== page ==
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The Moment: Kinglake

2 minute read
SIMON ROBINSON and Rory Callinan

Australians like to think they know the land they live on. The country’s founding myths are built upon stories of creeks and billabongs and deserts. “I love a sunburnt country” go the lines of a beloved verse by poet Dorothea Mackellar, “A land of sweeping plains/ Of ragged mountain ranges/ Of droughts and flooding rains.”

But what happens when beauty turns to terror? Australia found out last weekend when wildfires swept through the southeastern state of Victoria. Fires are a regular and natural occurrence in the Australian bush, but nobody was ready for the conflagration that exploded through the forests and towns north of Melbourne, and elsewhere in the state, on Saturday Feb. 7. Fueled by 117 degrees F (47 degrees C) heat and fierce northerly winds, huge fireballs burned through fields, cars, houses, stores and schools.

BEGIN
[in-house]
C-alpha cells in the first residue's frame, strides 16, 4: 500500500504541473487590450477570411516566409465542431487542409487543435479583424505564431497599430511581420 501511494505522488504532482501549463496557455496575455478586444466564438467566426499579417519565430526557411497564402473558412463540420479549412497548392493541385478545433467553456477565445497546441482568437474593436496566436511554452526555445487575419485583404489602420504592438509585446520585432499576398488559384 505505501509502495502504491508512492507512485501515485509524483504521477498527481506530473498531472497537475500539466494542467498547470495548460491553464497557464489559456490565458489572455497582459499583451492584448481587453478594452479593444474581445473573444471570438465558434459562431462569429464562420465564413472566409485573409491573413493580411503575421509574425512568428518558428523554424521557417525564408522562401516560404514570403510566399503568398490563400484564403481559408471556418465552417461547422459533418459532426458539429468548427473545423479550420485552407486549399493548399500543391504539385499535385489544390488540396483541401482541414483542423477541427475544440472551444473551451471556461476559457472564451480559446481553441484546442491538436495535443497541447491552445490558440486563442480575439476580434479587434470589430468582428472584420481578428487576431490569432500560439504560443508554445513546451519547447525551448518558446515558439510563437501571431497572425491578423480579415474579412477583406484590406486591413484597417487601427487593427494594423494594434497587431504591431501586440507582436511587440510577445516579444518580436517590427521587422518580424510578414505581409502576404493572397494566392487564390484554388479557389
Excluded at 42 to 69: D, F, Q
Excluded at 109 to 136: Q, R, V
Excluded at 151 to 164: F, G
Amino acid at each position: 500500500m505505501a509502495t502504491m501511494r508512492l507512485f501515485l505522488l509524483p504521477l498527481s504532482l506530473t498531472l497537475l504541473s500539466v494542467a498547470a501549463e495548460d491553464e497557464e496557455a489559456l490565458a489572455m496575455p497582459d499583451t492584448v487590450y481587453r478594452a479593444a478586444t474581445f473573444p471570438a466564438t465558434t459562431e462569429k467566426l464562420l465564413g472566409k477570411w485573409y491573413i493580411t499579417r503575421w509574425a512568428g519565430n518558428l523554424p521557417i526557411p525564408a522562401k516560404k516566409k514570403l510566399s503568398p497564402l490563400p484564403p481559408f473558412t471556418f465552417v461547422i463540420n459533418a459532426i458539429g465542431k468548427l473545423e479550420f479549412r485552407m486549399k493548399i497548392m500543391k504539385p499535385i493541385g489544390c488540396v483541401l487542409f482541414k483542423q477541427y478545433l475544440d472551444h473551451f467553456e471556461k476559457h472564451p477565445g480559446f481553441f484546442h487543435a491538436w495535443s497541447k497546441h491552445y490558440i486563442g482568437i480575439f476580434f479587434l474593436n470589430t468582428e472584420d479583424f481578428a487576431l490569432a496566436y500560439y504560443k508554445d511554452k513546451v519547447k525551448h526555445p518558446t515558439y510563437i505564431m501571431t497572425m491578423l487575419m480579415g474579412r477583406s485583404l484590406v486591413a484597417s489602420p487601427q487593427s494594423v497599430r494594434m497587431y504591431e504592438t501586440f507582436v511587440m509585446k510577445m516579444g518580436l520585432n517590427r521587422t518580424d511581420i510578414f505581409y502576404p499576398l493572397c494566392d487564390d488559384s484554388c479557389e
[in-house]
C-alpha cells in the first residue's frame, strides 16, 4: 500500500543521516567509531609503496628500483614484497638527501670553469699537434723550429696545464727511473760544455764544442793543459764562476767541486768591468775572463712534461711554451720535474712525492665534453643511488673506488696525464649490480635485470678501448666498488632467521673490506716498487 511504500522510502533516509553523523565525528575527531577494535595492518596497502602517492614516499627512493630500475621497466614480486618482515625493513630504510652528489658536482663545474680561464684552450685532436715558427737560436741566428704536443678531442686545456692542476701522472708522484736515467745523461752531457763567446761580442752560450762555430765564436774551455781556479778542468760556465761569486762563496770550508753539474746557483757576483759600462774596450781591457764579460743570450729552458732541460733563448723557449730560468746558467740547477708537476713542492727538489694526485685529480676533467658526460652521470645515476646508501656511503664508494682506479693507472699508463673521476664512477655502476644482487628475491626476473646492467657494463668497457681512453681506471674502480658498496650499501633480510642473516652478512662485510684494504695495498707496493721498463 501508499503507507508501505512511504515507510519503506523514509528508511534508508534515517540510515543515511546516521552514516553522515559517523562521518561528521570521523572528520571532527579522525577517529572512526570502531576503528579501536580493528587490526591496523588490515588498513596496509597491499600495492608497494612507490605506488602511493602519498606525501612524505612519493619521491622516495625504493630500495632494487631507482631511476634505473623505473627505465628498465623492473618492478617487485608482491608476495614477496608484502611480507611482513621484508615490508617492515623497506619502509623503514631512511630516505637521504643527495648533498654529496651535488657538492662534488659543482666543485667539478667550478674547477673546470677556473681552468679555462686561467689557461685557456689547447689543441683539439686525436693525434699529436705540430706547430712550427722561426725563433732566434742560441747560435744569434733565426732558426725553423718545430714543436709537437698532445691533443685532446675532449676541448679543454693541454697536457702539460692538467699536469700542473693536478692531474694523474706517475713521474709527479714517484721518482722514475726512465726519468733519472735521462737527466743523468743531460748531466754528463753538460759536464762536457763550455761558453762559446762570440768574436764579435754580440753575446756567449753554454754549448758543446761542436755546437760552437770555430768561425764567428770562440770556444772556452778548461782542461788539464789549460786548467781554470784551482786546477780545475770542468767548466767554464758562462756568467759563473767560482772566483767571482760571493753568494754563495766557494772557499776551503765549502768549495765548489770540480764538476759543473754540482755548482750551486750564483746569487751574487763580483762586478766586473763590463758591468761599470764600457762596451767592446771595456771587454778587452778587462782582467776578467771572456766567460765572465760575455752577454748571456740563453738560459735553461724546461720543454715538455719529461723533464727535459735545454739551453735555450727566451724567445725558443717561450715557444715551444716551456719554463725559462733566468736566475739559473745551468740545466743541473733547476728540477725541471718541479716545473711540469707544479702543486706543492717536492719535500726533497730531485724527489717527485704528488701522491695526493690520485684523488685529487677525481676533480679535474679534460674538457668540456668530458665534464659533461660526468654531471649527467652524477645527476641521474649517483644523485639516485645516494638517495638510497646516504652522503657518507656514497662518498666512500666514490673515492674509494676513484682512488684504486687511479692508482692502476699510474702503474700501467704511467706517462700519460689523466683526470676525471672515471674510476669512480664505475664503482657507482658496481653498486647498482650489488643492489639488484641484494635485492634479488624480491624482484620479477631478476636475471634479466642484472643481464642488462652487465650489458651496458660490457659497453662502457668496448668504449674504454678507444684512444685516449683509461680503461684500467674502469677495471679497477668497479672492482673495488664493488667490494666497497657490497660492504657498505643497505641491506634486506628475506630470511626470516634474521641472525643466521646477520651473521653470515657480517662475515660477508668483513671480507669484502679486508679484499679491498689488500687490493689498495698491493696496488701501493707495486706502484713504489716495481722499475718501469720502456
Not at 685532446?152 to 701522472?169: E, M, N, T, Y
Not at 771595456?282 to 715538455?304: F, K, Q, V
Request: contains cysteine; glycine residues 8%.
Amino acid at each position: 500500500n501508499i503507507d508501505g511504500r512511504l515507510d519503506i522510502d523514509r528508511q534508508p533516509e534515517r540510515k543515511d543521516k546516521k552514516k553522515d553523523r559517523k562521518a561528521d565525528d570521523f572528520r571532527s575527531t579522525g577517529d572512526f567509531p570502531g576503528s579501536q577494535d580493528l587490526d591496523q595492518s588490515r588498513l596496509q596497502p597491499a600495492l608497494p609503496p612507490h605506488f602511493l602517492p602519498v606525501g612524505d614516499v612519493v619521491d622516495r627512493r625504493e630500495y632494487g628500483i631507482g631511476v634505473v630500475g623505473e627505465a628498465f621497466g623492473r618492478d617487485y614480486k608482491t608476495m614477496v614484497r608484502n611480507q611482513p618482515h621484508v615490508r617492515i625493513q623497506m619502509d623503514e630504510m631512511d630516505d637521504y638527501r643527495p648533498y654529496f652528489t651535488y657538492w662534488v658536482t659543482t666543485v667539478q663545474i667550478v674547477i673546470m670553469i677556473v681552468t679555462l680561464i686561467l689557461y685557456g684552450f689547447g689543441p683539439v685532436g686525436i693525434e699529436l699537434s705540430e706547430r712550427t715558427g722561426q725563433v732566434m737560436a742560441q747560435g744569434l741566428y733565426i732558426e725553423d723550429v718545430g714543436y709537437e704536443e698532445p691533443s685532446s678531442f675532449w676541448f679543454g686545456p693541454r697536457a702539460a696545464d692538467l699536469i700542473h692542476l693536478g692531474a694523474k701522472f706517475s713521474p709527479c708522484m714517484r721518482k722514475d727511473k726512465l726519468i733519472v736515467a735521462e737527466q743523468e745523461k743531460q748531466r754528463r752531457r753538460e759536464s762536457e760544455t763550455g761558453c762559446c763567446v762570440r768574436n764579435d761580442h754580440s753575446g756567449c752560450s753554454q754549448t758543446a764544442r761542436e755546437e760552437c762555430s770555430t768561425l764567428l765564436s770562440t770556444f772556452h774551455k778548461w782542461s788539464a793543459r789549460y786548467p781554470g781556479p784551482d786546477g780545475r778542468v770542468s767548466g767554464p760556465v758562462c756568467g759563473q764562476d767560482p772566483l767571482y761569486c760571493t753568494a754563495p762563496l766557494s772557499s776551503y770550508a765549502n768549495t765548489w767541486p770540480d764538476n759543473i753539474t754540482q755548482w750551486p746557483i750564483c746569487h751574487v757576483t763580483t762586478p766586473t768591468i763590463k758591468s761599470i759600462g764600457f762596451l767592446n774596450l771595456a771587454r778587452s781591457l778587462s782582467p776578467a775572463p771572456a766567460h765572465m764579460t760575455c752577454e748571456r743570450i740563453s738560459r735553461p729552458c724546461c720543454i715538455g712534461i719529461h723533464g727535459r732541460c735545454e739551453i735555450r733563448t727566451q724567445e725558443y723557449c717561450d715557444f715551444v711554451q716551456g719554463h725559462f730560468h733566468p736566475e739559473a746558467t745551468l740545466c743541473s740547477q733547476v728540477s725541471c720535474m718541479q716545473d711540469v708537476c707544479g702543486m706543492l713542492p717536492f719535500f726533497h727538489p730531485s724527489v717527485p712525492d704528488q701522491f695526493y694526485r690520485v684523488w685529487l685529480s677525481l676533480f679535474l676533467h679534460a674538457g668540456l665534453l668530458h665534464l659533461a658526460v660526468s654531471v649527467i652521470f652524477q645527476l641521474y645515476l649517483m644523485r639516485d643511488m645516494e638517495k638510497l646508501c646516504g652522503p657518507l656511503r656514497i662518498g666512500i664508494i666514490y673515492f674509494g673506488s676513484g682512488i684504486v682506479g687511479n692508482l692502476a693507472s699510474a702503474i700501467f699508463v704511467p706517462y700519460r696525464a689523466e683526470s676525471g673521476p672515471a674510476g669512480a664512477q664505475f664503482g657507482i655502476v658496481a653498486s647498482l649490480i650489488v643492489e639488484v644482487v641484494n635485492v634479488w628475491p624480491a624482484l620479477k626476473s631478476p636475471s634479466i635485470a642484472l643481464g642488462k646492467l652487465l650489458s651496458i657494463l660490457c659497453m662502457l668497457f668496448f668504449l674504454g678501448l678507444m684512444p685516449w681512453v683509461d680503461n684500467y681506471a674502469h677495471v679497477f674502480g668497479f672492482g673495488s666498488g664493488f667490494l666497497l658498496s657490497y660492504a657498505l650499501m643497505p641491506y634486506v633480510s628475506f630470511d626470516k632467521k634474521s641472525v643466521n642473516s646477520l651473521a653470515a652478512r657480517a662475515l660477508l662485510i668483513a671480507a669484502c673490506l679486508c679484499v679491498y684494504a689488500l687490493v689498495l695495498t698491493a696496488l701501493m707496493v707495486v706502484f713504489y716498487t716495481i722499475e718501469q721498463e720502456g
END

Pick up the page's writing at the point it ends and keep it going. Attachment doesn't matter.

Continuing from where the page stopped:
On Sunday morning, as weeping survivors emerged from the ruins to tell of corpses beside roads and of missing relatives and neighbors, the full extent of the disaster began to dawn. More than 200 people died in just a few days, the worst peacetime loss of life in mainland Australia’s history.

In one house police found four children all huddled together. They knew they were children by the size of their skulls. Near a road, firefighters found the body of a man who appeared to have crashed his motorcycle and then died as he tried to outrun the flames. One man put his children in the car and dashed back to his house to collect something; when he returned the car was on fire and his children dead.

As the nation mourned and opened its arms to comfort those who had lost a child or a mate or all they owned, police delivered more chilling news: some of the fires had been deliberately lit. “There’s no words to describe it other than it’s mass murder,” Prime Minister Kevin Rudd said. Rudd spoke too of rebuilding towns “brick by brick, school by school, community hall by community hall.” Getting over the heightened fear of nature’s fury might take longer.

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